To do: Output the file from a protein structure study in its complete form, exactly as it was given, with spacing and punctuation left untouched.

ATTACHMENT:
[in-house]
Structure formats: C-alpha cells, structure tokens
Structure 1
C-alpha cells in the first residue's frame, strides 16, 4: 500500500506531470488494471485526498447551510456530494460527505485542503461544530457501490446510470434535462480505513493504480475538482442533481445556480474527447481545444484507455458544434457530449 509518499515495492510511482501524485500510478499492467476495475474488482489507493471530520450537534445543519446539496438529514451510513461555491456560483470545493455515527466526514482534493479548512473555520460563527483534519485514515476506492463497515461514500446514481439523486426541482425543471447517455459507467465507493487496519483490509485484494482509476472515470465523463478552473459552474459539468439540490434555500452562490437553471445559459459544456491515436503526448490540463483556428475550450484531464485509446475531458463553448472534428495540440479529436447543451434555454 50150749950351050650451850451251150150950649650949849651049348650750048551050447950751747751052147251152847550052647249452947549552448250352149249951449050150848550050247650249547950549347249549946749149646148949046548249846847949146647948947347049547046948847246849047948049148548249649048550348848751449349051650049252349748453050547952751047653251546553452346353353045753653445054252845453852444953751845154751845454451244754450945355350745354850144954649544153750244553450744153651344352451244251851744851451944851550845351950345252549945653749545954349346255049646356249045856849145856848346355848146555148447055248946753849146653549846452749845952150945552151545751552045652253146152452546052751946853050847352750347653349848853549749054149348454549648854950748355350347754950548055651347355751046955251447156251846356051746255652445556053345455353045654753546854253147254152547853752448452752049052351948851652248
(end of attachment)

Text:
[in-house]
Structure formats: C-alpha cells, structure tokens
Structure 1
C-alpha cells in the first residue's frame, strides 16, 4: 500500500506531470488494471485526498447551510456530494460527505485542503461544530457501490446510470434535462480505513493504480475538482442533481445556480474527447481545444484507455458544434457530449 509518499515495492510511482501524485500510478499492467476495475474488482489507493471530520450537534445543519446539496438529514451510513461555491456560483470545493455515527466526514482534493479548512473555520460563527483534519485514515476506492463497515461514500446514481439523486426541482425543471447517455459507467465507493487496519483490509485484494482509476472515470465523463478552473459552474459539468439540490434555500452562490437553471445559459459544456491515436503526448490540463483556428475550450484531464485509446475531458463553448472534428495540440479529436447543451434555454 50150749950351050650451850451251150150950649650949849651049348650750048551050447950751747751052147251152847550052647249452947549552448250352149249951449050150848550050247650249547950549347249549946749149646148949046548249846847949146647948947347049547046948847246849047948049148548249649048550348848751449349051650049252349748453050547952751047653251546553452346353353045753653445054252845453852444953751845154751845454451244754450945355350745354850144954649544153750244553450744153651344352451244251851744851451944851550845351950345252549945653749545954349346255049646356249045856849145856848346355848146555148447055248946753849146653549846452749845952150945552151545751552045652253146152452546052751946853050847352750347653349848853549749054149348454549648854950748355350347754950548055651347355751046955251447156251846356051746255652445556053345455353045654753546854253147254152547853752448452752049052351948851652248